5. Quick Return on Investment
Drones are reasonably priced nowadays. The cost of equipment, training, software and support for drones pays for itself at least five times over in inspecting 100 KM of utility lines plus one substation. Operation of drones is further simple thus enabling easier adoption of the technology.
Use Cases for Power Transmission and Distribution (T&D) Lines
Let us look at some of the contributions Drones provide to Power Utilities.
Case 1: Quick Transmission Tower Inspections
Towers regularly need to be inspected for issues. However, unforeseen incidents could cause the inspection team to be summoned. It’s usually a lineman’s job to climb up and look into the issue which is dangerous to begin with. Adding further complexities to the issue, the tower may be inaccessible in some cases.
Traditional methods call for special permissions to be taken and the power to be disrupted for the maintenance crew to climb up and run inspection activities for the specific tower. Not to forget, the inspection activity takes a while to complete when it comes to fault-finding.
With a trained pilot and a drone available, this task can be accomplished in a few minutes without any power cuts to begin with. Drones can offer close up views and even live video streams to inspection crews on the ground. There are no hazardous man-hours involved and you get a clean look of the tower in real-time. The footage can be assessed and a mitigation to the issue could be devised for the issue while you’re still at the field.
Case 2: Scheduled Ground Patrols
During routine patrols, a team member may swiftly launch a drone to capture greater detail and identify any faults. The team can further observe things they may have missed otherwise, better define the situation, and select the best course of action, all while avoiding dangerous manhours.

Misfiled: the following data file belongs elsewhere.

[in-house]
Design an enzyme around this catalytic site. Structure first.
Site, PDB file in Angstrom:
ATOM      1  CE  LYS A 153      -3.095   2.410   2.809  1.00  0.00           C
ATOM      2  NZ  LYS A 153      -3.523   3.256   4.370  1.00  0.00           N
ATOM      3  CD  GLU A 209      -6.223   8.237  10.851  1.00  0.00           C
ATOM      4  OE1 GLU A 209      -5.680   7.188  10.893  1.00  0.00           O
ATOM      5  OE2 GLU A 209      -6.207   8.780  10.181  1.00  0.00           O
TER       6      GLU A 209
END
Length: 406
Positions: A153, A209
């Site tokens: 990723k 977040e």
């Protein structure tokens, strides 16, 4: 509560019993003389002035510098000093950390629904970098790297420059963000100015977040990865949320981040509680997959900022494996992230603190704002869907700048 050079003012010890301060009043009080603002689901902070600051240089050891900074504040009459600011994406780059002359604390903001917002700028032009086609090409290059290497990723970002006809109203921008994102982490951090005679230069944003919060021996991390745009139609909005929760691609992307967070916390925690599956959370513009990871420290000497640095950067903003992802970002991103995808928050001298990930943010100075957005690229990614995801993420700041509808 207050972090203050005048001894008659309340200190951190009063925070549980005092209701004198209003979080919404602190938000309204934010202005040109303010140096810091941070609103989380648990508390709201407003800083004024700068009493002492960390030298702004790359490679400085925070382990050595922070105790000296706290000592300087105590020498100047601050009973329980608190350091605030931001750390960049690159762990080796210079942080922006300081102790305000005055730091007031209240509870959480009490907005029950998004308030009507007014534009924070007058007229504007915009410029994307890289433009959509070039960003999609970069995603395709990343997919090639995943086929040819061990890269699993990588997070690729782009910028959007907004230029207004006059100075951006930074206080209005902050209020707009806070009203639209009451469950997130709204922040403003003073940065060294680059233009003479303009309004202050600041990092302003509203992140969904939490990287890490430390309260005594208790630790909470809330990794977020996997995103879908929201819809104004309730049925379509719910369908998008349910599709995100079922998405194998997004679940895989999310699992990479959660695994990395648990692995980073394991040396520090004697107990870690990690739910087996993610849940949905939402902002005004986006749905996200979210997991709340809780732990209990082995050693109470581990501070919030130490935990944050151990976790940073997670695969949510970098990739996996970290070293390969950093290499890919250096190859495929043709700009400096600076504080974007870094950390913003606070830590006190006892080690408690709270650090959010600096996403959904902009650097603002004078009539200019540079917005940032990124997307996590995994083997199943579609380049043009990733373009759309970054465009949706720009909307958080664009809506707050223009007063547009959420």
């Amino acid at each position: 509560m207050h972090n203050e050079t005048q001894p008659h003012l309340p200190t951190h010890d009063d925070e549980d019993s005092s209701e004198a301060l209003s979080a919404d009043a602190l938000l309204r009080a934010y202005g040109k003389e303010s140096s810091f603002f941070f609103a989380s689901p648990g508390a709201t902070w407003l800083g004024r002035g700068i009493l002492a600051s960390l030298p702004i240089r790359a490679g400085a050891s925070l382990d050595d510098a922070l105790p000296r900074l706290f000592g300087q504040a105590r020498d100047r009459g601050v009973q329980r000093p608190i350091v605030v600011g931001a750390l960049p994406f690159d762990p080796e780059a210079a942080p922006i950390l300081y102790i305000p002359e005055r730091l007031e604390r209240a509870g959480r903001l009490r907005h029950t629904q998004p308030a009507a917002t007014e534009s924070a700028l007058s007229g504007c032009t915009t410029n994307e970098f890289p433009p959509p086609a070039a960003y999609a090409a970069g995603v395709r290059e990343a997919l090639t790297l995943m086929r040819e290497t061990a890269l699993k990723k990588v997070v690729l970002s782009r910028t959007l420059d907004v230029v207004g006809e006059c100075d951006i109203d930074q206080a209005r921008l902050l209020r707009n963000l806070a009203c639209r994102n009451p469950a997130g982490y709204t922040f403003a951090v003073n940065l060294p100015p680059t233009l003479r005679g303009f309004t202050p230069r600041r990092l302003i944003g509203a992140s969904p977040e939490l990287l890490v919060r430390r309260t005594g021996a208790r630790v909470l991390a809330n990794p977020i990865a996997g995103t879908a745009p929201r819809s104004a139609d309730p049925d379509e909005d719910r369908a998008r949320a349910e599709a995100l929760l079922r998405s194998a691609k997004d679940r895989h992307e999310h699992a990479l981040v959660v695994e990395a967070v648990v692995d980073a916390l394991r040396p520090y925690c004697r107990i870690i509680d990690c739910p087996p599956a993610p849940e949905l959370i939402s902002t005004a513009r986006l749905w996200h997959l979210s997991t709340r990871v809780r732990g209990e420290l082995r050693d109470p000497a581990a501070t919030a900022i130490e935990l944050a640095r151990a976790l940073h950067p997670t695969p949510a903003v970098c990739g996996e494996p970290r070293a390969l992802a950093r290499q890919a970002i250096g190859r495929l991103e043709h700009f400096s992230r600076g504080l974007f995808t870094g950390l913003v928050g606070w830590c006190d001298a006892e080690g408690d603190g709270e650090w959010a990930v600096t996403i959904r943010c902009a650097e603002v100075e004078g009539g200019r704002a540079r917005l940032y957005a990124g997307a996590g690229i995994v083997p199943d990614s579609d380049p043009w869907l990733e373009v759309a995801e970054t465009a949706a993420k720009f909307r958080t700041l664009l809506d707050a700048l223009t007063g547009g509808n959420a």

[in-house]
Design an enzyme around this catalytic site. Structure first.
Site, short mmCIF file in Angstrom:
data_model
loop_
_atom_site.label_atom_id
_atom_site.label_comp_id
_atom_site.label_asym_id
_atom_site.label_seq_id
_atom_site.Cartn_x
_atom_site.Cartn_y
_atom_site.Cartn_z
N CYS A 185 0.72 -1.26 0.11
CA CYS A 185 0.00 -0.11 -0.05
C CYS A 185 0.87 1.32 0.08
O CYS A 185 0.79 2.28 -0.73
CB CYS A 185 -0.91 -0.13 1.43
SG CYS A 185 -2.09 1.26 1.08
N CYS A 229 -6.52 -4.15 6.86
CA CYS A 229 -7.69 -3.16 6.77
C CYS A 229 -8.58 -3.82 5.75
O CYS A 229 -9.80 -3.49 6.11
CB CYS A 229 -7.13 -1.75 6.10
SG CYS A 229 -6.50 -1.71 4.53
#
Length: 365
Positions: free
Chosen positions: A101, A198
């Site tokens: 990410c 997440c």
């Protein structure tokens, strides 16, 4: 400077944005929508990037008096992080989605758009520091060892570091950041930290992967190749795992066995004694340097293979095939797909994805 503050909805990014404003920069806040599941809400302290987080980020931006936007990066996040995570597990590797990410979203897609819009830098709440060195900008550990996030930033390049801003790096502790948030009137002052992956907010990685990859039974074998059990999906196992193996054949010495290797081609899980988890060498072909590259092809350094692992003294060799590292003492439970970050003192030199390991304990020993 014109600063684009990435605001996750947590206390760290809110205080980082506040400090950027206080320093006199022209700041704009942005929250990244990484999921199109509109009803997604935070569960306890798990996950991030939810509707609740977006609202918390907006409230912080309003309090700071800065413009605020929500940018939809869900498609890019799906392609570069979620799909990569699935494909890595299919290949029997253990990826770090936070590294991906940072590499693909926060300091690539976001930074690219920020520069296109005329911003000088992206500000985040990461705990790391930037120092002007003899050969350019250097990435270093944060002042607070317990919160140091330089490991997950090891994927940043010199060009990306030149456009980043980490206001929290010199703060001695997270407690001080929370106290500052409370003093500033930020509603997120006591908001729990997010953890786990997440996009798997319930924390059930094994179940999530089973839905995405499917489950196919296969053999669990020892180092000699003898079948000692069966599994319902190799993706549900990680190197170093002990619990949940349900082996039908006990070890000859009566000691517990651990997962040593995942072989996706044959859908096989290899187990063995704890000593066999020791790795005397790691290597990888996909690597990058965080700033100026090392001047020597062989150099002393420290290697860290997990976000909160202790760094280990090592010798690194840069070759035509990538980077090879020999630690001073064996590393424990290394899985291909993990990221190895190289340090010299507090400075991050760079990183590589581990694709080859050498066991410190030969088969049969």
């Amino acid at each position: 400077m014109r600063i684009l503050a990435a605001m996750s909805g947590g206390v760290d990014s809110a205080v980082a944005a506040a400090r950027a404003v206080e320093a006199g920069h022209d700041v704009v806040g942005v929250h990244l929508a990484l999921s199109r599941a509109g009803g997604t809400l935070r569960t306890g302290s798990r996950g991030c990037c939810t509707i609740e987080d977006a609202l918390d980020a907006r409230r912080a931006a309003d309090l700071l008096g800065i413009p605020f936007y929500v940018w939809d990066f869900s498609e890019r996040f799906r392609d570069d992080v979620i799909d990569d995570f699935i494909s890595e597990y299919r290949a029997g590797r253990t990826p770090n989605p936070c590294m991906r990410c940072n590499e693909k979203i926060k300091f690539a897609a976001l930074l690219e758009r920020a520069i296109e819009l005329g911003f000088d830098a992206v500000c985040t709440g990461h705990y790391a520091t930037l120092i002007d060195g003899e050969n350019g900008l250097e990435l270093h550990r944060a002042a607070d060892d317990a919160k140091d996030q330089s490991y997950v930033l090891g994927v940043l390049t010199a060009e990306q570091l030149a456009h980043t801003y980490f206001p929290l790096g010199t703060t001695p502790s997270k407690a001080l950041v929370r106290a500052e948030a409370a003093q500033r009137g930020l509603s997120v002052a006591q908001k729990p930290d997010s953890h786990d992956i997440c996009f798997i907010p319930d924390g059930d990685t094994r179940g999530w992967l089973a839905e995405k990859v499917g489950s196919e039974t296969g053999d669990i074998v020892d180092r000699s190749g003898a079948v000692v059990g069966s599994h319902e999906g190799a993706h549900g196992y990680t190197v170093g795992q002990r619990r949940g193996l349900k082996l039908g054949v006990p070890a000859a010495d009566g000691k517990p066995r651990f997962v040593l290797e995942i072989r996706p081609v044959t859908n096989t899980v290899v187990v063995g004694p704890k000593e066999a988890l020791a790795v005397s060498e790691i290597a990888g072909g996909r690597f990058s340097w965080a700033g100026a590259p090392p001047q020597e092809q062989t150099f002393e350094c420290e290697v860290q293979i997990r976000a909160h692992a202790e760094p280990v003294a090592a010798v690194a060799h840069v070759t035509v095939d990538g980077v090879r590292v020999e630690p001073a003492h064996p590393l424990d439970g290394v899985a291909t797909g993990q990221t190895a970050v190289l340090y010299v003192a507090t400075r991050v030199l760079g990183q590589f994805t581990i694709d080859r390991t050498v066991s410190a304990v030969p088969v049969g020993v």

This also calls for security concerns that many energy companies have in Pakistan. Ground Patrols for security can also use drone effectively to conduct surveillance operations effectively. This is more efficient than conventional methods which involves motor vehicles and security personnel running around which is not a fool-proof method for right of way monitoring.
Case 3: Substation Maintenance and Inspection
Drones allow you to inspect infrastructure without having to shut the power down. This contributes towards operational excellence and also a better consumer experience. Substations are usually a challenge for power utilities in such cases.
Case 4: Disaster Response
A city like Karachi is prone to floods after heavy rains especially during the monsoon season. This leads to infrastructure damage and people getting electrocuted with the high voltage lines. At times, even towers get damaged.
Drones allow you to assess the situation better from the air than on foot. And rather than deploying a team on foot through kilometers of land to assess the damage, you take the drone and examine the region. The photographs can further be uploaded and stitched together with photogrammetry using the appropriate software, resulting in a single unified map for disaster response.
You can examine the line of devastation and the affected regions, allowing you to organize recovery measures swiftly and efficiently.
And there’s more when it comes to use cases. There are several uses for having a UAV (unmanned aircraft vehicle) and a qualified pilot for transmission and distribution. Throughout the industry, there are instances where the drone serves as an extension of oneself. Drones are merely another tool in the toolbox, just a little more efficient than others in some cases.
Where DroneServ comes in
Drones are a complex technology which requires an experienced crew to do the job effectively and efficiently. To ensure the safety of the operating crew and the equipment itself, DroneServ comes in as a drone solutions and service provider.
Not only does DroneServ provide the services covered in the use cases above, DroneServ also provides the industry with the option of transfer of technology. Transfer of technology means that we procure a fleet of drones and equipment for you to operate with a skilled crew that we help train for your inspection needs.
Why Choose DroneServ
DroneServ consists of a team with over 25 years of experience in UAV technology which not only includes commercially off the shelf drones but customizations, autopilots, fault identification, sensor technology and the applications of drones to meet the demands of the consumer.